Teacher Efficacy

Donohoo, Jenni, & Katz, Steven. (2017). When teachers believe, students achieve:Collaborative inquiry builds teacher efficacy for better student outcomes. Learning Professional 38(6), 20-21.

Cherkowski, S., & Schnellert, L. (2018). Teacher, team, and school change throughreciprocal learning. Teacher Development 22(2), 229-248.


Teaching and learning are the center of the teaching profession. Lately I have been doing a lot of wondering around how teaching and learning are connected to the teacher and student achievement and happiness. Over the past few years I have seen a shift in our profession, to a movement away from professional development towards a closed door approach to teaching.

Donohoo and Katz talk a lot about school culture and how it relates to teacher efficacy. How collective efficacy is the “constellation of productive patterns of behavior on the part of the adults in the building.” As teachers, and the adults, it is our responsibility to create a more positive attitude towards professional development, implement different instructional strategies, focus on academic pursuits, and this will all help to create a culture of learning and hopefully happiness.

If we teachers are not putting our best foot forward we are lowering expectations on ourselves and this results in lowering our expectations on our students.(Donohoo & Katz)  The students need to see us as learners and to see us a advocates for their learning. We must practice reflect and refine when working with our students. We need to be vulnerable to take risks and have those tough discussions with our colleagues on what is right for our kids.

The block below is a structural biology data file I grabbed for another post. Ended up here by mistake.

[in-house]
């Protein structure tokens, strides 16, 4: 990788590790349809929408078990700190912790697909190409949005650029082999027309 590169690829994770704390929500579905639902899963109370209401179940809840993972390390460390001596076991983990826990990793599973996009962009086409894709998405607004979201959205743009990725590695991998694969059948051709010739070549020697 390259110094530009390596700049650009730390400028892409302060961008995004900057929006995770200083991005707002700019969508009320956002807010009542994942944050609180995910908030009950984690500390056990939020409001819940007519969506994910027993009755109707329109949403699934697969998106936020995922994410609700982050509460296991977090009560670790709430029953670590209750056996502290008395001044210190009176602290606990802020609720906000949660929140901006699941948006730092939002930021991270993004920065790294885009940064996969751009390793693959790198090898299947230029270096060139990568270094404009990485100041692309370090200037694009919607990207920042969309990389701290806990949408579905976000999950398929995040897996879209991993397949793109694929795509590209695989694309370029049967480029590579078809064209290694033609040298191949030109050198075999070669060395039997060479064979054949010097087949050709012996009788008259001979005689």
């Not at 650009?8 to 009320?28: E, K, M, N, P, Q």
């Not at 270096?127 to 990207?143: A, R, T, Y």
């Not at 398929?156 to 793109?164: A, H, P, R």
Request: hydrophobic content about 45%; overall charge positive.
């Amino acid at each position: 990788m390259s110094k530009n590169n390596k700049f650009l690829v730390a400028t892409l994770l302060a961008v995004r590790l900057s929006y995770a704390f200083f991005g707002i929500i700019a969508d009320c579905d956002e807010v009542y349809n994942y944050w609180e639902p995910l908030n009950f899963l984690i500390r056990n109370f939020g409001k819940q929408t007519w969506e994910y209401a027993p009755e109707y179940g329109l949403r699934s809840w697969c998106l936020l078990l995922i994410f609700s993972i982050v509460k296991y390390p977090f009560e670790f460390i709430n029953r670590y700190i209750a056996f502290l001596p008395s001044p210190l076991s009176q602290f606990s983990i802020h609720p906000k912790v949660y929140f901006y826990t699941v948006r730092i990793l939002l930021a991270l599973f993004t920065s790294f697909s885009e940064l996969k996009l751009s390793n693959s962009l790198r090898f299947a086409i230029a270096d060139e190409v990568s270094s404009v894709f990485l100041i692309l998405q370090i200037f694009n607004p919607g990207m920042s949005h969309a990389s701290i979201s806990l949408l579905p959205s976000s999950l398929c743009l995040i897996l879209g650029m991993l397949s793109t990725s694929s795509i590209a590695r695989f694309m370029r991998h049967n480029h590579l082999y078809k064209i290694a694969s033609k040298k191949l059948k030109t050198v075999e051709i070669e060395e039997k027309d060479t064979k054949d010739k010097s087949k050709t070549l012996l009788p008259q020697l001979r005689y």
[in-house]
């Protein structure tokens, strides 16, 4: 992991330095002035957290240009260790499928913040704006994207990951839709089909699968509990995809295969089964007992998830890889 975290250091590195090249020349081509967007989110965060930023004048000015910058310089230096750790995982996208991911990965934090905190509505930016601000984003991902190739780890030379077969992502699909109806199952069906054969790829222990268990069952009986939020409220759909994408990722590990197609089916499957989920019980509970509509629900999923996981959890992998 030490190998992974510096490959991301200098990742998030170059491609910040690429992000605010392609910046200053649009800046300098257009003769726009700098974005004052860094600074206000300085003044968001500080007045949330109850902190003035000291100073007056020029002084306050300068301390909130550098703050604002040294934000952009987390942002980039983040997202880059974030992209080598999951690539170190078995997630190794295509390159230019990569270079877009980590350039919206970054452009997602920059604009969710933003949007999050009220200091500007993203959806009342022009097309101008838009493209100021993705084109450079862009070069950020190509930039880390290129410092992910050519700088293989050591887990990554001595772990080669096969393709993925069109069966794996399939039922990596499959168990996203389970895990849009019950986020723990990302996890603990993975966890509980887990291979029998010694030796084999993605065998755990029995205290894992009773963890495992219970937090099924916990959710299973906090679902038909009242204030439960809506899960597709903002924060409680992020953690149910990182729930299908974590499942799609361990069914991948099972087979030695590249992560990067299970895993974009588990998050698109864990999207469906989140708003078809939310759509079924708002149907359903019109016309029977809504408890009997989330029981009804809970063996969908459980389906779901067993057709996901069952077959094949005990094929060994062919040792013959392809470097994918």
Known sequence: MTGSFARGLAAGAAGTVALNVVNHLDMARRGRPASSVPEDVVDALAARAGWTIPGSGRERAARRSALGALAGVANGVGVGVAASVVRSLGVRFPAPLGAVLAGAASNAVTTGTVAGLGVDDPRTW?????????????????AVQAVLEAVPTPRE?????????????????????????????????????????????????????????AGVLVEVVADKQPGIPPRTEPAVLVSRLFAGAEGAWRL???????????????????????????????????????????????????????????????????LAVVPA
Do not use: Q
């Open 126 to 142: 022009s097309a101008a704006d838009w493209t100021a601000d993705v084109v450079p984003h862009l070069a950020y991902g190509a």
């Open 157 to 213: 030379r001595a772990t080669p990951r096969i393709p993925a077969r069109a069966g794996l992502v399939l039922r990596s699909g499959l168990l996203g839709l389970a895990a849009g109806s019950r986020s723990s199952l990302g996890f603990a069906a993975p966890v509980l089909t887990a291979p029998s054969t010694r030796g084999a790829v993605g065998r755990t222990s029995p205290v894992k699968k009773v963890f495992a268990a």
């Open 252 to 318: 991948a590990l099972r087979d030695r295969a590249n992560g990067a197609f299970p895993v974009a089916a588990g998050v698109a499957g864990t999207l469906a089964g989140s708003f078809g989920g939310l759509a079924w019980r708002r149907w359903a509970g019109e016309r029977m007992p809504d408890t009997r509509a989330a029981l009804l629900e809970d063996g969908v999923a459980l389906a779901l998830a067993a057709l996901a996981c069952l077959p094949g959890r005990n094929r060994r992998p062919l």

I hear it in the staff room, the kids just don’t get it, I give up, and they just don’t care. We need to turn this around and become more reflective. We need to move towards understanding and seeking out what the students don’t get  and inquire how we can change our lessons, our teaching, our understanding to meet the needs of all our learners. We need to seek each other our for support and guidance.

Teacher efficacy is something I struggle with in my school. I am a learner, a ponderer, and a risk taker. I struggle with encouraging others to “buy in.”  I have found that many are still stuck on the external attributions, the things in our students lives we can not change and the policies we have in our districts. Where the focus needs to shift is to the internal attributions, the things we can change in our practice. I am often left wondering how can I model and empower others to collaborate and create inquiry?

I have tried a variety of strategies to promote teacher learning. I find that many educators are hesitant to look inwards into their own practice to see what they can change. I find that people are tired and discouraged with change. I often hear, this is just another fad to try.  For myself, I seek out my own team of learners. I have been  a part of and social and emotional learning focus group for the past four years. Being a part of this amazing group has done wonders for me to strive deeper into my practice.

I am now working towards my master’s in educational practices, and it is to gain a deeper understanding of what I want to better understand myself as an educator. I want to feel grounded and I want to embed reflection and analyzing into my everyday practice. As educators we are lucky that we can change and try different things every year, to challenge ourselves to encourage learning and to stretch our thinking.

Our students change every year, so our practice needs to change with them.  As school communities shift, we need to support one another. It would be wonderful to foster a community of collaboration and inquiry for student and teacher achievement and happiness. Like Donohoo and Katz said, ” students get better when teachers get better.” It is our duty to create trust in learning, to have ownership over what we do in the classroom, to build relationships with who we work with, students and colleagues, and to build our capacities as educators.


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